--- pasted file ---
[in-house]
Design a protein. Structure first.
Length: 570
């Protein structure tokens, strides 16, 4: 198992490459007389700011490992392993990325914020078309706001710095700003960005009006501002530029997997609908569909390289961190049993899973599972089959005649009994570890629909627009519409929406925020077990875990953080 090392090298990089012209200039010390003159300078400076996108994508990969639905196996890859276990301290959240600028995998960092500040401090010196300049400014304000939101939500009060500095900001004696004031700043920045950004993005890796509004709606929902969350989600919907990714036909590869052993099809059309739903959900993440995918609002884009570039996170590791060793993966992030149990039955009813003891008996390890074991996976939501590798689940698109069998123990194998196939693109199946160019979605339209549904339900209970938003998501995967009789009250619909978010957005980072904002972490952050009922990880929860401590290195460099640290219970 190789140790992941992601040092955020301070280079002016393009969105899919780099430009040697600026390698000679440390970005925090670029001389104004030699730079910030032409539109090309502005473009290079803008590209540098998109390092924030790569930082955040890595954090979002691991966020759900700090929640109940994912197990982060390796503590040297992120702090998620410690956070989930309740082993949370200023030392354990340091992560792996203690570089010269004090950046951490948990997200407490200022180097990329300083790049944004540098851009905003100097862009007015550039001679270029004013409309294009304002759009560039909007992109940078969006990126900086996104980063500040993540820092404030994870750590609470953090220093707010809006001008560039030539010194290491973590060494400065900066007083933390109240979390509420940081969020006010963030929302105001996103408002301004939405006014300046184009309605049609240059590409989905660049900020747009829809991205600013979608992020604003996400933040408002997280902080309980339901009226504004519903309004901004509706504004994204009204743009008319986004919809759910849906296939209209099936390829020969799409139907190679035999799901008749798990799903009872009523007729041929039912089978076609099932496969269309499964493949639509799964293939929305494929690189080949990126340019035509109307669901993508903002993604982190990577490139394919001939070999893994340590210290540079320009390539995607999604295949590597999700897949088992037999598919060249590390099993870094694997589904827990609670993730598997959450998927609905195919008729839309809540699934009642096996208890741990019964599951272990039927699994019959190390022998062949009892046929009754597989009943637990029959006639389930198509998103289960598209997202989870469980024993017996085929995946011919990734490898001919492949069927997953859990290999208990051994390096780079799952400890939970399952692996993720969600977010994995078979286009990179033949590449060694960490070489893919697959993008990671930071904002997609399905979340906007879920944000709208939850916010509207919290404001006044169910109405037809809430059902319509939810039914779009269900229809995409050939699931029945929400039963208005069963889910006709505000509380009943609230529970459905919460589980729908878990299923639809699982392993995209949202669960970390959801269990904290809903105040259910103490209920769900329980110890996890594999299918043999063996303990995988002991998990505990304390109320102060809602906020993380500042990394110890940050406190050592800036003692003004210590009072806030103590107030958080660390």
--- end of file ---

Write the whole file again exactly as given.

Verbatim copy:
[in-house]
Design a protein. Structure first.
Length: 570
């Protein structure tokens, strides 16, 4: 198992490459007389700011490992392993990325914020078309706001710095700003960005009006501002530029997997609908569909390289961190049993899973599972089959005649009994570890629909627009519409929406925020077990875990953080 090392090298990089012209200039010390003159300078400076996108994508990969639905196996890859276990301290959240600028995998960092500040401090010196300049400014304000939101939500009060500095900001004696004031700043920045950004993005890796509004709606929902969350989600919907990714036909590869052993099809059309739903959900993440995918609002884009570039996170590791060793993966992030149990039955009813003891008996390890074991996976939501590798689940698109069998123990194998196939693109199946160019979605339209549904339900209970938003998501995967009789009250619909978010957005980072904002972490952050009922990880929860401590290195460099640290219970 190789140790992941992601040092955020301070280079002016393009969105899919780099430009040697600026390698000679440390970005925090670029001389104004030699730079910030032409539109090309502005473009290079803008590209540098998109390092924030790569930082955040890595954090979002691991966020759900700090929640109940994912197990982060390796503590040297992120702090998620410690956070989930309740082993949370200023030392354990340091992560792996203690570089010269004090950046951490948990997200407490200022180097990329300083790049944004540098851009905003100097862009007015550039001679270029004013409309294009304002759009560039909007992109940078969006990126900086996104980063500040993540820092404030994870750590609470953090220093707010809006001008560039030539010194290491973590060494400065900066007083933390109240979390509420940081969020006010963030929302105001996103408002301004939405006014300046184009309605049609240059590409989905660049900020747009829809991205600013979608992020604003996400933040408002997280902080309980339901009226504004519903309004901004509706504004994204009204743009008319986004919809759910849906296939209209099936390829020969799409139907190679035999799901008749798990799903009872009523007729041929039912089978076609099932496969269309499964493949639509799964293939929305494929690189080949990126340019035509109307669901993508903002993604982190990577490139394919001939070999893994340590210290540079320009390539995607999604295949590597999700897949088992037999598919060249590390099993870094694997589904827990609670993730598997959450998927609905195919008729839309809540699934009642096996208890741990019964599951272990039927699994019959190390022998062949009892046929009754597989009943637990029959006639389930198509998103289960598209997202989870469980024993017996085929995946011919990734490898001919492949069927997953859990290999208990051994390096780079799952400890939970399952692996993720969600977010994995078979286009990179033949590449060694960490070489893919697959993008990671930071904002997609399905979340906007879920944000709208939850916010509207919290404001006044169910109405037809809430059902319509939810039914779009269900229809995409050939699931029945929400039963208005069963889910006709505000509380009943609230529970459905919460589980729908878990299923639809699982392993995209949202669960970390959801269990904290809903105040259910103490209920769900329980110890996890594999299918043999063996303990995988002991998990505990304390109320102060809602906020993380500042990394110890940050406190050592800036003692003004210590009072806030103590107030958080660390």